Pneumonia, Child

ExitCare ImagePneumonia is an infection of the lungs. There are many different types of pneumonia.


Pneumonia can be caused by many types of germs. The most common types of pneumonia are caused by:

  • Viruses.

  • Bacteria.

Most cases of pneumonia are reported during the fall, winter, and early spring when children are mostly indoors and in close contact with others. The risk of catching pneumonia is not affected by how warmly a child is dressed or the temperature.


Symptoms depend on the age of the child and the type of germ. Common symptoms are:

  • Cough.

  • Fever.

  • Chills.

  • Chest pain.

  • Abdominal pain.

  • Feeling worn out when doing usual activities (fatigue).

  • Loss of hunger (appetite).

  • Lack of interest in play.

  • Fast, shallow breathing.

  • Shortness of breath.

A cough may continue for several weeks even after the child feels better. This is the normal way the body clears out the infection.


The diagnosis may be made by a physical exam. A chest X-ray may be helpful.


Medicines (antibiotics) that kill germs are only useful for pneumonia caused by bacteria. Antibiotics do not treat viral infections. Most cases of pneumonia can be treated at home. More severe cases need hospital treatment.


  • Cough suppressants may be used as directed by your caregiver. Keep in mind that coughing helps clear mucus and infection out of the respiratory tract. It is best to only use cough suppressants to allow your child to rest. Cough suppressants are not recommended for children younger than 4 years old. For children between the age of 4 and 6 years old, use cough suppressants only as directed by your child's caregiver.

  • If your child's caregiver prescribed an antibiotic, be sure to give the medicine as directed until all the medicine is gone.

  • Only take over-the-counter medicines for pain, discomfort, or fever as directed by your caregiver. Do not give aspirin to children.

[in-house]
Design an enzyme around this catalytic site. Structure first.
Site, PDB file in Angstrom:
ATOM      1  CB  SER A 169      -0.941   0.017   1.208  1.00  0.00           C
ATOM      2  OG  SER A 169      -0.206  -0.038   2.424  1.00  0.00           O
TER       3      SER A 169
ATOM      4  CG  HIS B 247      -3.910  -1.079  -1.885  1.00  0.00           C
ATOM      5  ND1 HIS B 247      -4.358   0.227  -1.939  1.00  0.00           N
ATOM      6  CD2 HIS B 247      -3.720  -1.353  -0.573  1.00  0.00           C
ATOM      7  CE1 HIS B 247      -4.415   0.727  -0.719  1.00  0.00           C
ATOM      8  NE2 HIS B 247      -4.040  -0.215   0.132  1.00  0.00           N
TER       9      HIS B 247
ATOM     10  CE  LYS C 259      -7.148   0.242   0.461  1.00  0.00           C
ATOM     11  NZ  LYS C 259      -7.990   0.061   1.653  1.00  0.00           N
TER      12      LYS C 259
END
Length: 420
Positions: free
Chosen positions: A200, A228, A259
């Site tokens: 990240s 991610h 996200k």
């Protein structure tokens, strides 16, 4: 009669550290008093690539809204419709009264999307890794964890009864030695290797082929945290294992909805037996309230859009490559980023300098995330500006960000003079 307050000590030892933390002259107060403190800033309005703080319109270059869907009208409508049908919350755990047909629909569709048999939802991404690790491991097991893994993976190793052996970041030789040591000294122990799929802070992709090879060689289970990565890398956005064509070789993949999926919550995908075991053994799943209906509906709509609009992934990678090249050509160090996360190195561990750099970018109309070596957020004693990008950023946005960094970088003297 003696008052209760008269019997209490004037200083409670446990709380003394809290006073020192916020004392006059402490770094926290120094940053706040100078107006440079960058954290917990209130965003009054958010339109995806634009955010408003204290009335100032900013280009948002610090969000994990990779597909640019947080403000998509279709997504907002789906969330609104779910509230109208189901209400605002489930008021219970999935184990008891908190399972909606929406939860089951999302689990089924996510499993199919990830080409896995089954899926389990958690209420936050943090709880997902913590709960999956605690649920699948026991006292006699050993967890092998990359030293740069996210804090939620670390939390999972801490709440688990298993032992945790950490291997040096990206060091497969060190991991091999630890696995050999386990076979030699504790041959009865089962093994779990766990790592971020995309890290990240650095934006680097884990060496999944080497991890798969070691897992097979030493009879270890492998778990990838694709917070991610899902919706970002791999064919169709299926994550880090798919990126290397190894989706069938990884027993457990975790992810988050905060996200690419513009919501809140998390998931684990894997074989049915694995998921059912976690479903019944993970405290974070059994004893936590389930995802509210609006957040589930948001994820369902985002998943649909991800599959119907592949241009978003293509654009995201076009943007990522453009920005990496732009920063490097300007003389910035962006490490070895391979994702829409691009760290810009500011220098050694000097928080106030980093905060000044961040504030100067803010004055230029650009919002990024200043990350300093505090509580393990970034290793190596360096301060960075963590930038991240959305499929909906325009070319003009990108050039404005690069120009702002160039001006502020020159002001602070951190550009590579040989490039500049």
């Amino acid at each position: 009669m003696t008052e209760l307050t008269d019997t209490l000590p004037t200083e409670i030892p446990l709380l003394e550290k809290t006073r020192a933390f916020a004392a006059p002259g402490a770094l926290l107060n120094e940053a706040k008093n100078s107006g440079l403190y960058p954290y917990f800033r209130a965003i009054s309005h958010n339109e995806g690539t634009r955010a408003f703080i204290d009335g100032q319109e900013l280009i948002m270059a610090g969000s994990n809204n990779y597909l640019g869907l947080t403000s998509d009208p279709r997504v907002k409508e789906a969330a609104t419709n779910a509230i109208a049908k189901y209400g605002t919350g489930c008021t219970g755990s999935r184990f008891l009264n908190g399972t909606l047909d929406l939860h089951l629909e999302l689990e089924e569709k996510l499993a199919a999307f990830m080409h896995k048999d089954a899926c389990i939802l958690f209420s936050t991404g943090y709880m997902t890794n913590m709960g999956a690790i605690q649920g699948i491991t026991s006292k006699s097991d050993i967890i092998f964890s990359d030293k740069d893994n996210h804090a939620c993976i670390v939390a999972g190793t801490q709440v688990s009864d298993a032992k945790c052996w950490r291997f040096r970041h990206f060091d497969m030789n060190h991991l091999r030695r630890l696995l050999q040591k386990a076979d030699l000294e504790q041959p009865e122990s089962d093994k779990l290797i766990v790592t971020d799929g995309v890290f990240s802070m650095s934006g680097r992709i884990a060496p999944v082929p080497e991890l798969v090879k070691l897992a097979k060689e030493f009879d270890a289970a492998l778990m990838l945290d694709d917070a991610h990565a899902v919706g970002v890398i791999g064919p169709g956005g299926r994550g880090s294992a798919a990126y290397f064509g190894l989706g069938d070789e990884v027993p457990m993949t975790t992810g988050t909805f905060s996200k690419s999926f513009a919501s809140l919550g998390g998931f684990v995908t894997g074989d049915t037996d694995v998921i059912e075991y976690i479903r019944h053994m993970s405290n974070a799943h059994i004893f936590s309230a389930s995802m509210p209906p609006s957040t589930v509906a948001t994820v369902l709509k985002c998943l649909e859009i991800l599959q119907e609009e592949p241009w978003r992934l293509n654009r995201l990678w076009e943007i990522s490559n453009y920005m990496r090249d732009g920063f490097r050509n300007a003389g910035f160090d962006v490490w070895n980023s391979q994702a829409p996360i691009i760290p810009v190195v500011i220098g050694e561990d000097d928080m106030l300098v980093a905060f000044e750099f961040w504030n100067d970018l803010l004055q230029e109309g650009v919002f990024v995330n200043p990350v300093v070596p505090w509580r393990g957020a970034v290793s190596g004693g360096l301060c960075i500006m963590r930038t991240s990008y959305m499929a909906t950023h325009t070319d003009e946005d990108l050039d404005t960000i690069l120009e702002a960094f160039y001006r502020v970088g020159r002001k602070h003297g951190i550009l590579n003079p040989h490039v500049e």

• Put a cold steam vaporizer or humidifier in your child's room. This may help keep the mucus loose. Change the water daily.

  • Offer your child fluids to loosen the mucus.

  • Be sure your child gets rest.

  • Wash your hands after handling your child.


  • Your child's symptoms do not improve in 3 to 4 days or as directed.

  • New symptoms develop.

  • Your child appears to be getting sicker.


  • Your child is breathing fast.

  • Your child is too out of breath to talk normally.

  • The spaces between the ribs or under the ribs pull in when your child breathes in.

  • Your child is short of breath and there is grunting when breathing out.

  • You notice widening of your child's nostrils with each breath (nasal flaring).

  • Your child has pain with breathing.

  • Your child makes a high-pitched whistling noise when breathing out (wheezing).

  • Your child coughs up blood.

  • Your child throws up (vomits) often.

  • Your child gets worse.

  • You notice any bluish discoloration of the lips, face, or nails.


  • Understand these instructions.

  • Will watch this condition.

  • Will get help right away if your child is not doing well or gets worse.